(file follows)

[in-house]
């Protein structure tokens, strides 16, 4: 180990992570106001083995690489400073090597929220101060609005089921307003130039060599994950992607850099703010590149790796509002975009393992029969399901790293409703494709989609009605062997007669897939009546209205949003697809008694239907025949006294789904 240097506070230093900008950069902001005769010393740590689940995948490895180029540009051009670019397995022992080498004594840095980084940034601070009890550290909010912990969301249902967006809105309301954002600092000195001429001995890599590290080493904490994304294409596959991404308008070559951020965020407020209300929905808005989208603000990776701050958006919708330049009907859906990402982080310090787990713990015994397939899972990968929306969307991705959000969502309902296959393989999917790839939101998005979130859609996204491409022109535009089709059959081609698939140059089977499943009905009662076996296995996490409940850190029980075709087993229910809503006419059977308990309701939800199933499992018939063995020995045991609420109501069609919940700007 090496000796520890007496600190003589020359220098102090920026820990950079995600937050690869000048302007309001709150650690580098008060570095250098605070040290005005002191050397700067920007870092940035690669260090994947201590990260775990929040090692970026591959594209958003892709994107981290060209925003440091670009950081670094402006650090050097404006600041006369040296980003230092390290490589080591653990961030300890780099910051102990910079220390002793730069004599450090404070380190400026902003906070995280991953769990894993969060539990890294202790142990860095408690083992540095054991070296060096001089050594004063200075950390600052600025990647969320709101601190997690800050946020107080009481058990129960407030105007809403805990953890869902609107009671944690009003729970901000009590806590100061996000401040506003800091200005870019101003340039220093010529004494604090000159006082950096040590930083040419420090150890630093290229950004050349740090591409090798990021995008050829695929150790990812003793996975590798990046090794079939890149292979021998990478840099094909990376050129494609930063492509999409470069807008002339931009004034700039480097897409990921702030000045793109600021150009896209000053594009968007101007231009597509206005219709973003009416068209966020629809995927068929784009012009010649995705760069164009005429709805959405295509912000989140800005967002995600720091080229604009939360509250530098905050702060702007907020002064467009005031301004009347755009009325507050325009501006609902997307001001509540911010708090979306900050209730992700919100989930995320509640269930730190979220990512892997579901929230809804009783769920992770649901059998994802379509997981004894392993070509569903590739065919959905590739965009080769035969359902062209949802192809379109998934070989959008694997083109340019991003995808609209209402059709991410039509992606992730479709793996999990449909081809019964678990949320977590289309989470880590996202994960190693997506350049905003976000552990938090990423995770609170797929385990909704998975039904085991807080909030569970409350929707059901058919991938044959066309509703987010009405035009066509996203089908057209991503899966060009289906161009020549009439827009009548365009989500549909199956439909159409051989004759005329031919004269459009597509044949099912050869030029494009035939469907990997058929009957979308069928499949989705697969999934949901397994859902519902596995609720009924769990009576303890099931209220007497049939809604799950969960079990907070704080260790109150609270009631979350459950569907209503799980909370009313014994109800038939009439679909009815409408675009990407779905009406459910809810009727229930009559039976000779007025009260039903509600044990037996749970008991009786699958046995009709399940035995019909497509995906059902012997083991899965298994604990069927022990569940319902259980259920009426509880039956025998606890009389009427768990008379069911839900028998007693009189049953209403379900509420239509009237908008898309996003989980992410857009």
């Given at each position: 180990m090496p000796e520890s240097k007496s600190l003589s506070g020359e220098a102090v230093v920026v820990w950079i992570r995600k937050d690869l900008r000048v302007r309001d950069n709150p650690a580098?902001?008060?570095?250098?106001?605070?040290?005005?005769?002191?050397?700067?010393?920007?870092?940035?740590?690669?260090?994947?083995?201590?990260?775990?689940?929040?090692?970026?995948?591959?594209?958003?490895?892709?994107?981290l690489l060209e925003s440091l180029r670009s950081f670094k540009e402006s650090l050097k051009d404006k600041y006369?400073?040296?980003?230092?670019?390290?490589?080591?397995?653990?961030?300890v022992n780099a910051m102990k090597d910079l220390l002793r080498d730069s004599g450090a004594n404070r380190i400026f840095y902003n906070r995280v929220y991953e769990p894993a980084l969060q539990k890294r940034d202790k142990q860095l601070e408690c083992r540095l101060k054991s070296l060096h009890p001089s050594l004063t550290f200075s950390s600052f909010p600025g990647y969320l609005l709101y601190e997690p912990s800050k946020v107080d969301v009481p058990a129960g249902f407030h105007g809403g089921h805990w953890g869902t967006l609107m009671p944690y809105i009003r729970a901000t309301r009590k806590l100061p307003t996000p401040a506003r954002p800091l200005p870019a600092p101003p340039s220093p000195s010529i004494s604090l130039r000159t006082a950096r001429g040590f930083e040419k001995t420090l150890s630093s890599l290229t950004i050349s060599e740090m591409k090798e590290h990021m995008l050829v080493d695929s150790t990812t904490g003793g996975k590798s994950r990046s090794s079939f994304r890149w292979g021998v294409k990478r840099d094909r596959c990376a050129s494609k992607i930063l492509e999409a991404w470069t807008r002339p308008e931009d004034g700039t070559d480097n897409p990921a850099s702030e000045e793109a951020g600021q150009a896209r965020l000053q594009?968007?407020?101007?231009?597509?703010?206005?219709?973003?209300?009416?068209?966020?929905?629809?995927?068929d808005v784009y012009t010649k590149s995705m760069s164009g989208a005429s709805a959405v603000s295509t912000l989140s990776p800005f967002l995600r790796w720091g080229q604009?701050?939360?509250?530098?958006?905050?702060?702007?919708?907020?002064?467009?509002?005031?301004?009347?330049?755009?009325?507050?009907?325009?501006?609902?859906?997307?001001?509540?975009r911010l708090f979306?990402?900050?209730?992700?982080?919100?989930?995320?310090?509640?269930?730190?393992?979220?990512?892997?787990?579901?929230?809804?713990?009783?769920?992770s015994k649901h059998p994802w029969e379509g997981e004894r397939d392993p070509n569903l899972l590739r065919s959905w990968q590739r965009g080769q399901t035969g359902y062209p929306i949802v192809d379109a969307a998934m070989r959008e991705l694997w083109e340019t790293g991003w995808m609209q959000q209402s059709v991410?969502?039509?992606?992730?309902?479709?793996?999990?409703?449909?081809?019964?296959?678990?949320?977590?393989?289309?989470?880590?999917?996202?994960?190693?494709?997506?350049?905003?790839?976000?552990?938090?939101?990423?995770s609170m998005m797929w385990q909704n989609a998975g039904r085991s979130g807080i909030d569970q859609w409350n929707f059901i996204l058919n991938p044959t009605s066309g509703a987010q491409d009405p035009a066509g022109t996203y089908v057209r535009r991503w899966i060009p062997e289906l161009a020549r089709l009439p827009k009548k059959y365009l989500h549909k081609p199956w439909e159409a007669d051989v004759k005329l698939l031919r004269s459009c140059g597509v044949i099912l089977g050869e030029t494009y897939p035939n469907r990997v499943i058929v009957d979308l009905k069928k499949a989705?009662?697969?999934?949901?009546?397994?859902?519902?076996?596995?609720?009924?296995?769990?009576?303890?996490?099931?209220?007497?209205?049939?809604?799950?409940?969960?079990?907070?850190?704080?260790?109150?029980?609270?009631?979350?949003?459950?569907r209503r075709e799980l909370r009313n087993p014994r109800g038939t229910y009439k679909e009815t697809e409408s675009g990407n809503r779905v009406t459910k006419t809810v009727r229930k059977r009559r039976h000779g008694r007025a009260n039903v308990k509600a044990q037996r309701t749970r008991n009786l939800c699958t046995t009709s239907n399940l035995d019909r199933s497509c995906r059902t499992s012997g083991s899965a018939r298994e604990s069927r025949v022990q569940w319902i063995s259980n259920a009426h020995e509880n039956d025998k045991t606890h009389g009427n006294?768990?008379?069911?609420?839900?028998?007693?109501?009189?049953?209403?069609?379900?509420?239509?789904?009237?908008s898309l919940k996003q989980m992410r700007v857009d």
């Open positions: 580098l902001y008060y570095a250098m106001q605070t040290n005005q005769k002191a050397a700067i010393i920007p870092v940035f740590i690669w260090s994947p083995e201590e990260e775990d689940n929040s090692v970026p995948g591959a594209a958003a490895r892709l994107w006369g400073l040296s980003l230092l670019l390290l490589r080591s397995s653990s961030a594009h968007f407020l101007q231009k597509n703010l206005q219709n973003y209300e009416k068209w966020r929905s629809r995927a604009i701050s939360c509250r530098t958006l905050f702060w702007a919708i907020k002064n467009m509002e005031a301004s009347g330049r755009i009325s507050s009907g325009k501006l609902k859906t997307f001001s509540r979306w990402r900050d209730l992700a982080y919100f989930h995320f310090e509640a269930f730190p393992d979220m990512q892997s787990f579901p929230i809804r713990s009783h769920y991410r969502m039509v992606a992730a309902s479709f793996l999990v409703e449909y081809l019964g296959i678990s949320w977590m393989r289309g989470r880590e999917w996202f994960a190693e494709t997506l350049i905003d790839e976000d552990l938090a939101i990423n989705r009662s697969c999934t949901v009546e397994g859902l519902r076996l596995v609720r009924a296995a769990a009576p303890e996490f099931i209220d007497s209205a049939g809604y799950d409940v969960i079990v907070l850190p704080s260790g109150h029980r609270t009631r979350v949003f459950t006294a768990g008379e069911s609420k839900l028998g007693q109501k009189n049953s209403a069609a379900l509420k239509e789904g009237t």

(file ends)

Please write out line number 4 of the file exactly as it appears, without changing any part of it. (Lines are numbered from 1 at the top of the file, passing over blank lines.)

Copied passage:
């Open positions: 580098l902001y008060y570095a250098m106001q605070t040290n005005q005769k002191a050397a700067i010393i920007p870092v940035f740590i690669w260090s994947p083995e201590e990260e775990d689940n929040s090692v970026p995948g591959a594209a958003a490895r892709l994107w006369g400073l040296s980003l230092l670019l390290l490589r080591s397995s653990s961030a594009h968007f407020l101007q231009k597509n703010l206005q219709n973003y209300e009416k068209w966020r929905s629809r995927a604009i701050s939360c509250r530098t958006l905050f702060w702007a919708i907020k002064n467009m509002e005031a301004s009347g330049r755009i009325s507050s009907g325009k501006l609902k859906t997307f001001s509540r979306w990402r900050d209730l992700a982080y919100f989930h995320f310090e509640a269930f730190p393992d979220m990512q892997s787990f579901p929230i809804r713990s009783h769920y991410r969502m039509v992606a992730a309902s479709f793996l999990v409703e449909y081809l019964g296959i678990s949320w977590m393989r289309g989470r880590e999917w996202f994960a190693e494709t997506l350049i905003d790839e976000d552990l938090a939101i990423n989705r009662s697969c999934t949901v009546e397994g859902l519902r076996l596995v609720r009924a296995a769990a009576p303890e996490f099931i209220d007497s209205a049939g809604y799950d409940v969960i079990v907070l850190p704080s260790g109150h029980r609270t009631r979350v949003f459950t006294a768990g008379e069911s609420k839900l028998g007693q109501k009189n049953s209403a069609a379900l509420k239509e789904g009237t």